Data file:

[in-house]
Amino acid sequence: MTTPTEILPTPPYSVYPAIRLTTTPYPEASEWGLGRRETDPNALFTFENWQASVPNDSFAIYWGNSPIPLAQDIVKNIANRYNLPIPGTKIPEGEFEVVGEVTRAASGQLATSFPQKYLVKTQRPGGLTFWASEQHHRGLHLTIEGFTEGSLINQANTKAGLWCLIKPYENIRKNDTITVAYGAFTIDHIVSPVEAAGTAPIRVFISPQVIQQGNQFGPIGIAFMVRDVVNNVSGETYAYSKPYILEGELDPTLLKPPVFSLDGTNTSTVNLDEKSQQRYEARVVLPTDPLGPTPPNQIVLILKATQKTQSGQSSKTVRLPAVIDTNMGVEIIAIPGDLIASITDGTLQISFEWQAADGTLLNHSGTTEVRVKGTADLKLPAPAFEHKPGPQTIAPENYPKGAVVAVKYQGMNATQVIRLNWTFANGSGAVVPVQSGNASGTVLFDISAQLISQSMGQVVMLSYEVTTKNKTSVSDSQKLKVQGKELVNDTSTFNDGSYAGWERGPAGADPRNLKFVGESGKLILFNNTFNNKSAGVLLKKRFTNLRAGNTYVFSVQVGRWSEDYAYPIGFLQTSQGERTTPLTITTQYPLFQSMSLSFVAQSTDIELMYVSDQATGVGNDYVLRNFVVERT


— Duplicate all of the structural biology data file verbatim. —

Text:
[in-house]
Amino acid sequence: MTTPTEILPTPPYSVYPAIRLTTTPYPEASEWGLGRRETDPNALFTFENWQASVPNDSFAIYWGNSPIPLAQDIVKNIANRYNLPIPGTKIPEGEFEVVGEVTRAASGQLATSFPQKYLVKTQRPGGLTFWASEQHHRGLHLTIEGFTEGSLINQANTKAGLWCLIKPYENIRKNDTITVAYGAFTIDHIVSPVEAAGTAPIRVFISPQVIQQGNQFGPIGIAFMVRDVVNNVSGETYAYSKPYILEGELDPTLLKPPVFSLDGTNTSTVNLDEKSQQRYEARVVLPTDPLGPTPPNQIVLILKATQKTQSGQSSKTVRLPAVIDTNMGVEIIAIPGDLIASITDGTLQISFEWQAADGTLLNHSGTTEVRVKGTADLKLPAPAFEHKPGPQTIAPENYPKGAVVAVKYQGMNATQVIRLNWTFANGSGAVVPVQSGNASGTVLFDISAQLISQSMGQVVMLSYEVTTKNKTSVSDSQKLKVQGKELVNDTSTFNDGSYAGWERGPAGADPRNLKFVGESGKLILFNNTFNNKSAGVLLKKRFTNLRAGNTYVFSVQVGRWSEDYAYPIGFLQTSQGERTTPLTITTQYPLFQSMSLSFVAQSTDIELMYVSDQATGVGNDYVLRNFVVERT